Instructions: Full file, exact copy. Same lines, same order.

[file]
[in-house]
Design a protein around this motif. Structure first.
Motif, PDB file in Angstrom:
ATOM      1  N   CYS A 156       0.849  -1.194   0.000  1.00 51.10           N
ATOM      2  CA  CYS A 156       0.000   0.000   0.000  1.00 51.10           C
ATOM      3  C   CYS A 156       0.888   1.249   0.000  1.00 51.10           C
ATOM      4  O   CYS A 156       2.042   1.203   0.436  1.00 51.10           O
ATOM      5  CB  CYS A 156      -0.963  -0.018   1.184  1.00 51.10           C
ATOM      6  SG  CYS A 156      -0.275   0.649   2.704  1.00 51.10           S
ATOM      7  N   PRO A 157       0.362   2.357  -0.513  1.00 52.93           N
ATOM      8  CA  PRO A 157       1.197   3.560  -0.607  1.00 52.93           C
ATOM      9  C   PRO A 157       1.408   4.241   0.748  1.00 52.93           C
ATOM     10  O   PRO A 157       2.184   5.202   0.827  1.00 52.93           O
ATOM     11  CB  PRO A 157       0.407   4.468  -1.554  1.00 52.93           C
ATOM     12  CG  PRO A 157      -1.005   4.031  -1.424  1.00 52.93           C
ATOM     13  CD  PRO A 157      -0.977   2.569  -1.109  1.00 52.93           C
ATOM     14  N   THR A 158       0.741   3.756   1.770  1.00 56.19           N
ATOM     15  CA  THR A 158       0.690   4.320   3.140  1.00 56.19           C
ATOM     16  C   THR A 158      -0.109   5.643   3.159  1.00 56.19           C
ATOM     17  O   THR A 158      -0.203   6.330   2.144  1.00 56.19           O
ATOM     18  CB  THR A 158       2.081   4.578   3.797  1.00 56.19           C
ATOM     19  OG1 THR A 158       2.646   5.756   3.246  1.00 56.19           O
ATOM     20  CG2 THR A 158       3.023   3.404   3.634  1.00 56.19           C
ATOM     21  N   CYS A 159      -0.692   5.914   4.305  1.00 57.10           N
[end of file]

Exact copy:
[in-house]
Design a protein around this motif. Structure first.
Motif, PDB file in Angstrom:
ATOM      1  N   CYS A 156       0.849  -1.194   0.000  1.00 51.10           N
ATOM      2  CA  CYS A 156       0.000   0.000   0.000  1.00 51.10           C
ATOM      3  C   CYS A 156       0.888   1.249   0.000  1.00 51.10           C
ATOM      4  O   CYS A 156       2.042   1.203   0.436  1.00 51.10           O
ATOM      5  CB  CYS A 156      -0.963  -0.018   1.184  1.00 51.10           C
ATOM      6  SG  CYS A 156      -0.275   0.649   2.704  1.00 51.10           S
ATOM      7  N   PRO A 157       0.362   2.357  -0.513  1.00 52.93           N
ATOM      8  CA  PRO A 157       1.197   3.560  -0.607  1.00 52.93           C
ATOM      9  C   PRO A 157       1.408   4.241   0.748  1.00 52.93           C
ATOM     10  O   PRO A 157       2.184   5.202   0.827  1.00 52.93           O
ATOM     11  CB  PRO A 157       0.407   4.468  -1.554  1.00 52.93           C
ATOM     12  CG  PRO A 157      -1.005   4.031  -1.424  1.00 52.93           C
ATOM     13  CD  PRO A 157      -0.977   2.569  -1.109  1.00 52.93           C
ATOM     14  N   THR A 158       0.741   3.756   1.770  1.00 56.19           N
ATOM     15  CA  THR A 158       0.690   4.320   3.140  1.00 56.19           C
ATOM     16  C   THR A 158      -0.109   5.643   3.159  1.00 56.19           C
ATOM     17  O   THR A 158      -0.203   6.330   2.144  1.00 56.19           O
ATOM     18  CB  THR A 158       2.081   4.578   3.797  1.00 56.19           C
ATOM     19  OG1 THR A 158       2.646   5.756   3.246  1.00 56.19           O
ATOM     20  CG2 THR A 158       3.023   3.404   3.634  1.00 56.19           C
ATOM     21  N   CYS A 159      -0.692   5.914   4.305  1.00 57.10           N